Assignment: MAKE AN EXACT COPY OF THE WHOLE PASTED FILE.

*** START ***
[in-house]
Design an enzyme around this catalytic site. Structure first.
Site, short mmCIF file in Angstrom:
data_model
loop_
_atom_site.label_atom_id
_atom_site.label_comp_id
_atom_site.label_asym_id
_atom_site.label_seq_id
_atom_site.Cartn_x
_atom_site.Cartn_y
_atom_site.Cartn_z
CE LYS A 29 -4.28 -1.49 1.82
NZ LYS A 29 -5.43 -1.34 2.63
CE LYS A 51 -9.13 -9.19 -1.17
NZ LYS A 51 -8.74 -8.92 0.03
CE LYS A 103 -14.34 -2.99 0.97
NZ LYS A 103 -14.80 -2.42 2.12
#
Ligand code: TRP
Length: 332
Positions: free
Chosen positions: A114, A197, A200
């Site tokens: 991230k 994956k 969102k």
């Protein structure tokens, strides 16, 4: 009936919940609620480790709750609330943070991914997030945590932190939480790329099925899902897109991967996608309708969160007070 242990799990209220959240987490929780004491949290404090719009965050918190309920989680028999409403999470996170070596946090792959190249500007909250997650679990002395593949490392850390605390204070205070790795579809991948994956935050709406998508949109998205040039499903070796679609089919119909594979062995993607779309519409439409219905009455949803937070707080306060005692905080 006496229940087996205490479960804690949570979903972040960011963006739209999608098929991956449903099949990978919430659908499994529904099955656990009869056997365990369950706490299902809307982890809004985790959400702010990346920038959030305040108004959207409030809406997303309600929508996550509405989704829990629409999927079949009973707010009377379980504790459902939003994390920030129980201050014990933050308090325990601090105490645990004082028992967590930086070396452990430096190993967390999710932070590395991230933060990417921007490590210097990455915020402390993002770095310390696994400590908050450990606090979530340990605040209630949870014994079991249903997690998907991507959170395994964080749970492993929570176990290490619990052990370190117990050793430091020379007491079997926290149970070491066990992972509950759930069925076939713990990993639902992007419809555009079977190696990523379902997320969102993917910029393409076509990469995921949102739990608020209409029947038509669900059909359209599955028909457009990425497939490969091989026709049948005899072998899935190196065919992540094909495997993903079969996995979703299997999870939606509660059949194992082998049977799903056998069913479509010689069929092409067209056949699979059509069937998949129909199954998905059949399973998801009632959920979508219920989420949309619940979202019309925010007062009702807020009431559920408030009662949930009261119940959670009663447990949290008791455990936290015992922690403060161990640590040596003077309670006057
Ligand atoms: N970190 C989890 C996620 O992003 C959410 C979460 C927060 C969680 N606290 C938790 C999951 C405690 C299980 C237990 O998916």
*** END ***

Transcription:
[in-house]
Design an enzyme around this catalytic site. Structure first.
Site, short mmCIF file in Angstrom:
data_model
loop_
_atom_site.label_atom_id
_atom_site.label_comp_id
_atom_site.label_asym_id
_atom_site.label_seq_id
_atom_site.Cartn_x
_atom_site.Cartn_y
_atom_site.Cartn_z
CE LYS A 29 -4.28 -1.49 1.82
NZ LYS A 29 -5.43 -1.34 2.63
CE LYS A 51 -9.13 -9.19 -1.17
NZ LYS A 51 -8.74 -8.92 0.03
CE LYS A 103 -14.34 -2.99 0.97
NZ LYS A 103 -14.80 -2.42 2.12
#
Ligand code: TRP
Length: 332
Positions: free
Chosen positions: A114, A197, A200
């Site tokens: 991230k 994956k 969102k």
């Protein structure tokens, strides 16, 4: 009936919940609620480790709750609330943070991914997030945590932190939480790329099925899902897109991967996608309708969160007070 242990799990209220959240987490929780004491949290404090719009965050918190309920989680028999409403999470996170070596946090792959190249500007909250997650679990002395593949490392850390605390204070205070790795579809991948994956935050709406998508949109998205040039499903070796679609089919119909594979062995993607779309519409439409219905009455949803937070707080306060005692905080 006496229940087996205490479960804690949570979903972040960011963006739209999608098929991956449903099949990978919430659908499994529904099955656990009869056997365990369950706490299902809307982890809004985790959400702010990346920038959030305040108004959207409030809406997303309600929508996550509405989704829990629409999927079949009973707010009377379980504790459902939003994390920030129980201050014990933050308090325990601090105490645990004082028992967590930086070396452990430096190993967390999710932070590395991230933060990417921007490590210097990455915020402390993002770095310390696994400590908050450990606090979530340990605040209630949870014994079991249903997690998907991507959170395994964080749970492993929570176990290490619990052990370190117990050793430091020379007491079997926290149970070491066990992972509950759930069925076939713990990993639902992007419809555009079977190696990523379902997320969102993917910029393409076509990469995921949102739990608020209409029947038509669900059909359209599955028909457009990425497939490969091989026709049948005899072998899935190196065919992540094909495997993903079969996995979703299997999870939606509660059949194992082998049977799903056998069913479509010689069929092409067209056949699979059509069937998949129909199954998905059949399973998801009632959920979508219920989420949309619940979202019309925010007062009702807020009431559920408030009662949930009261119940959670009663447990949290008791455990936290015992922690403060161990640590040596003077309670006057
Ligand atoms: N970190 C989890 C996620 O992003 C959410 C979460 C927060 C969680 N606290 C938790 C999951 C405690 C299980 C237990 O998916």